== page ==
How to Build Successful, Long-Term Relationships With Talented Freelancers

By the end of 2020, there were an estimated 59 million freelancers in the United States. Even with the surge in remote work brought about by the COVID-19 pandemic, this largely reflected a continuation of ongoing growth in this space.

Despite this, the so-called “freelance revolution” continues to suffer from a supply problem, in large part because many freelancers do so on a part-time, rather than full-time basis.

Competition for top talent can be especially intense, particularly as an increasing number of businesses come to recognize how the contingent workforce can make their business more agile and flexible, while also saving on the overhead associated with traditional employment.

For your organization to make the most of contingent talent, developing successful long-term relationships with talented individuals is crucial. Here’s what you should keep in mind.

You’re Partnering With a Business — Not Hiring an Employee

While working with a freelancer will naturally entail some level of onboarding, similar to how you would onboard a traditional employee, you should be looking at this as a business partnership.

As Jon Younger PhD, Forbes Writer and Founder of Agile Talent Collaborative explained in myBasePay’s The Advantage of a Marketplace Economy in 2022 webinar, “An awful lot of young project managers…aren’t all that good working with freelancers. They want them to be employees because they want them to be subordinate. Freelancers are not subordinate. They’re small business owners that are choosing to partner with you. Not supplicants, hoping to extend.”

Freelancers are legally considered a business entity (even if they are operating as a sole proprietor, rather than forming an LLC or corporation). They themselves are the business.

This means that they choose who they work with. They set their rates. They determine what type of workload is reasonable with each of their clients. These things aren’t dictated by your company — just like your own customers don’t set the prices for your products or services. Understanding that this is a business partnership helps establish clearer expectations for the relationship.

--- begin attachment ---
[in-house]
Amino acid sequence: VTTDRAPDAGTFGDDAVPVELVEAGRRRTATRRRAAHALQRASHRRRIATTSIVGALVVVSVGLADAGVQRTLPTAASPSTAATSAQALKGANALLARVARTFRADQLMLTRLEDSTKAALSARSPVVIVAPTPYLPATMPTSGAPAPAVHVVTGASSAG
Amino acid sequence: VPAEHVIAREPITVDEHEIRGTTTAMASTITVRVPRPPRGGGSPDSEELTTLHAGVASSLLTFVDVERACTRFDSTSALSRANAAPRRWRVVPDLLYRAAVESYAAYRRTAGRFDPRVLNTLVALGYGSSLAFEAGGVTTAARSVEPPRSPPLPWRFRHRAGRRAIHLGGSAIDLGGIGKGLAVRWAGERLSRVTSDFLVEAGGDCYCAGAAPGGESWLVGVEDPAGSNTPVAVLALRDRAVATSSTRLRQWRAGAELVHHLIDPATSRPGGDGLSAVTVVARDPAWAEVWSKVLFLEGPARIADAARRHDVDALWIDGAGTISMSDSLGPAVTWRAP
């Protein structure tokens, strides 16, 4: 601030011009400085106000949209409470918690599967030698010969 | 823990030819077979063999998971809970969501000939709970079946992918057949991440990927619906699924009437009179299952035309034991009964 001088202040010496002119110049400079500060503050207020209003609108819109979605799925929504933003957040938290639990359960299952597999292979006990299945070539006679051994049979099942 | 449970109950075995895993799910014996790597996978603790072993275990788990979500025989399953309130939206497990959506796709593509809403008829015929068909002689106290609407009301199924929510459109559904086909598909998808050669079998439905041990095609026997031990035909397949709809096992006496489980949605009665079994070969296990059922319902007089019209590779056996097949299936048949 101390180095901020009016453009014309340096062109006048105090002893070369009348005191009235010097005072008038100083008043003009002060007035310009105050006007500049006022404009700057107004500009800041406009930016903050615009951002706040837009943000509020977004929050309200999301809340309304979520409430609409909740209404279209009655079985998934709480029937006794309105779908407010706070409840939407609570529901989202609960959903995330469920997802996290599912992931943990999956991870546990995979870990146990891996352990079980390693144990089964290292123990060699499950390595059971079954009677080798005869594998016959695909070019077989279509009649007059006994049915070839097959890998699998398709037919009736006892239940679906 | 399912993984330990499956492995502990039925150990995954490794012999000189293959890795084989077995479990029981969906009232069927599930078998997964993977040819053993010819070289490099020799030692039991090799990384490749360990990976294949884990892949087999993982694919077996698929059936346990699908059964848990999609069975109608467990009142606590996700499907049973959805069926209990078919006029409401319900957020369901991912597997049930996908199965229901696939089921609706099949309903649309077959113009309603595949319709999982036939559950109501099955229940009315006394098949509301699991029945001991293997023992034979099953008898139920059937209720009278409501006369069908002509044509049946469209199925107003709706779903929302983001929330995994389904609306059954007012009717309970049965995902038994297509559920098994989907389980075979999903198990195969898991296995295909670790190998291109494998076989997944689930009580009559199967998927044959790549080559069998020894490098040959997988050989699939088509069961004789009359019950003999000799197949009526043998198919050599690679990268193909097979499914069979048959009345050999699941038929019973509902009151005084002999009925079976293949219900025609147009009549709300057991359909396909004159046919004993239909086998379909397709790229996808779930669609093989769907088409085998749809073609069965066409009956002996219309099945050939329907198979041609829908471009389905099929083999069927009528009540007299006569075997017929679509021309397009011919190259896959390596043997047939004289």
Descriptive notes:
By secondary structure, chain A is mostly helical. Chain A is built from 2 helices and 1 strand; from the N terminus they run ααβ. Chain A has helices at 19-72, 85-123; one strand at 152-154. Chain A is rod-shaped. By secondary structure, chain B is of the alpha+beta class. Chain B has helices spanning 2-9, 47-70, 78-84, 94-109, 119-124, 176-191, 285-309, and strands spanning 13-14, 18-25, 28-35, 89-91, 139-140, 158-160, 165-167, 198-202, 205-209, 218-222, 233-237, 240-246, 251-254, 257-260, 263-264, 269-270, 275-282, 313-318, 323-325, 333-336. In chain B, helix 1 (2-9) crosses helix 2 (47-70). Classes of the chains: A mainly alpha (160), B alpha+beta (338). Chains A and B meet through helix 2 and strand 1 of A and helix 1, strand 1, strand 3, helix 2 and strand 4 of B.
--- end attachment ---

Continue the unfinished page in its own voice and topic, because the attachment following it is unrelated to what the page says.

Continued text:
Make Communication Easy

As Jon Younger explained in the Marketplace Economy webinar, “As a freelancer, I want to do a good job because that’s how I get the next job. That’s how I make my living. So I want good feedback. I want clear expectations around the deliverables. I want solid timelines. I want to know when I’ve hit the milestones and I want the chance to come back at you and say, ‘You’re setting up this work wrong and I want to be successful, so let’s work on how we’ve been organizing this particular project.’”

When hiring a freelancer, project managers must provide clear information regarding the project, its requirements and expectations for the work. Miscommunications most often occur when the client fails to provide clear guidelines for the deliverables they want to receive. Vague, non-specific project briefs may give the freelancer more creative freedom, but they aren’t helpful if you have a very specific vision for what you want to accomplish.

Detailed project briefs that are delivered in written form ensure that everyone is on the same page. Of course, your team should also be readily available if the freelancer has questions or concerns regarding the project and its expectations.